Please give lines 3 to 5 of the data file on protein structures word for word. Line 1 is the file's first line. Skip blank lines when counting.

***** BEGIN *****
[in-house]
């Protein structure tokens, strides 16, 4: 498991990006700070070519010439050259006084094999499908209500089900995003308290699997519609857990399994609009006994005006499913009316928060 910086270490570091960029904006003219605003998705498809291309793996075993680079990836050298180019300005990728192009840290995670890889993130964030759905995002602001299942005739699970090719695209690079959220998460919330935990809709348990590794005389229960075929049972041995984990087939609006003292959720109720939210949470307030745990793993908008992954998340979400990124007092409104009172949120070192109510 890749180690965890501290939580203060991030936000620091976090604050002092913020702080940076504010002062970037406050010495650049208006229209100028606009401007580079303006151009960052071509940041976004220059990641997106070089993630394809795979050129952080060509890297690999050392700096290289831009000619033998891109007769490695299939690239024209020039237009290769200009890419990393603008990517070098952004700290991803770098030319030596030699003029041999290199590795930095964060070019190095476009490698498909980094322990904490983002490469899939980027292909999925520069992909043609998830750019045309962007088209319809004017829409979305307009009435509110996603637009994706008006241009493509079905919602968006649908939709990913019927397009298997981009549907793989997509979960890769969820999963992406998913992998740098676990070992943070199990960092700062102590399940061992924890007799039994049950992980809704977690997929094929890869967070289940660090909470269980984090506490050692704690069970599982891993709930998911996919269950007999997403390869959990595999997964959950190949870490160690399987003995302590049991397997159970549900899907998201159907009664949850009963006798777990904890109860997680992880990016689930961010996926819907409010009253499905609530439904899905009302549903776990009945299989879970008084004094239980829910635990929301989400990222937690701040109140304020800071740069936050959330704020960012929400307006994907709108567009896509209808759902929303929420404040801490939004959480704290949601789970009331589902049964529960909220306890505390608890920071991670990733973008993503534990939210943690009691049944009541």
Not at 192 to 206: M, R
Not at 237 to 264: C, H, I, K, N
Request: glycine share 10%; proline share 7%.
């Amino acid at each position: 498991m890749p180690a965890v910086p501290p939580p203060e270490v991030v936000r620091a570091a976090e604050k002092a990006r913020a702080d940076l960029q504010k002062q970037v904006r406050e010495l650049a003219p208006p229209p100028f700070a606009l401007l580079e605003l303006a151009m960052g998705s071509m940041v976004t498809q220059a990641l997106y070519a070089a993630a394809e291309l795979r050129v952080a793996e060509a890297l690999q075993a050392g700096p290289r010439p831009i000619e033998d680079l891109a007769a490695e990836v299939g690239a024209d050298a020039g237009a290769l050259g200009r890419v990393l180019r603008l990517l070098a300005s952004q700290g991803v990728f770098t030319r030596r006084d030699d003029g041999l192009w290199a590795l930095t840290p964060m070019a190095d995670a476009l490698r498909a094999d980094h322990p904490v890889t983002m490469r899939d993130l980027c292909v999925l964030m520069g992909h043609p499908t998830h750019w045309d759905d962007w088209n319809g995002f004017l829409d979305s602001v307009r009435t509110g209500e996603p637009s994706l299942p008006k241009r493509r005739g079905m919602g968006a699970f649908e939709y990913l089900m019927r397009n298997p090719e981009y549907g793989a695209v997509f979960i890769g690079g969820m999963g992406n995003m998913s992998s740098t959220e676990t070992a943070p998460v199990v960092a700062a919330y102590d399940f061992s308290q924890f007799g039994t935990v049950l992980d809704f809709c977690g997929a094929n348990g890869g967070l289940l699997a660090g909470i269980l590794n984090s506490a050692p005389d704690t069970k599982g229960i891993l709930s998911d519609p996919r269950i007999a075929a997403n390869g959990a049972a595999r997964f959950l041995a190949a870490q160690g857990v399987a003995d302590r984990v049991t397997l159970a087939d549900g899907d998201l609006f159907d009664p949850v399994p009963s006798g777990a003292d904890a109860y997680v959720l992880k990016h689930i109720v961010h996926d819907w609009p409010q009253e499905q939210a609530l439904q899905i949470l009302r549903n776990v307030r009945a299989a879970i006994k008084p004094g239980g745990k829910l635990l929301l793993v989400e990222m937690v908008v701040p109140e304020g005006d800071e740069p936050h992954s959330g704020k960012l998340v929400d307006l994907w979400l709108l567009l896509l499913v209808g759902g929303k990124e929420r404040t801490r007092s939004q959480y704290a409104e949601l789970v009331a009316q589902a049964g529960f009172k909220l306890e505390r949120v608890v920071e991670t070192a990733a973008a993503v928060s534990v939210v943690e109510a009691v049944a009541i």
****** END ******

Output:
Not at 192 to 206: M, R
Not at 237 to 264: C, H, I, K, N
Request: glycine share 10%; proline share 7%.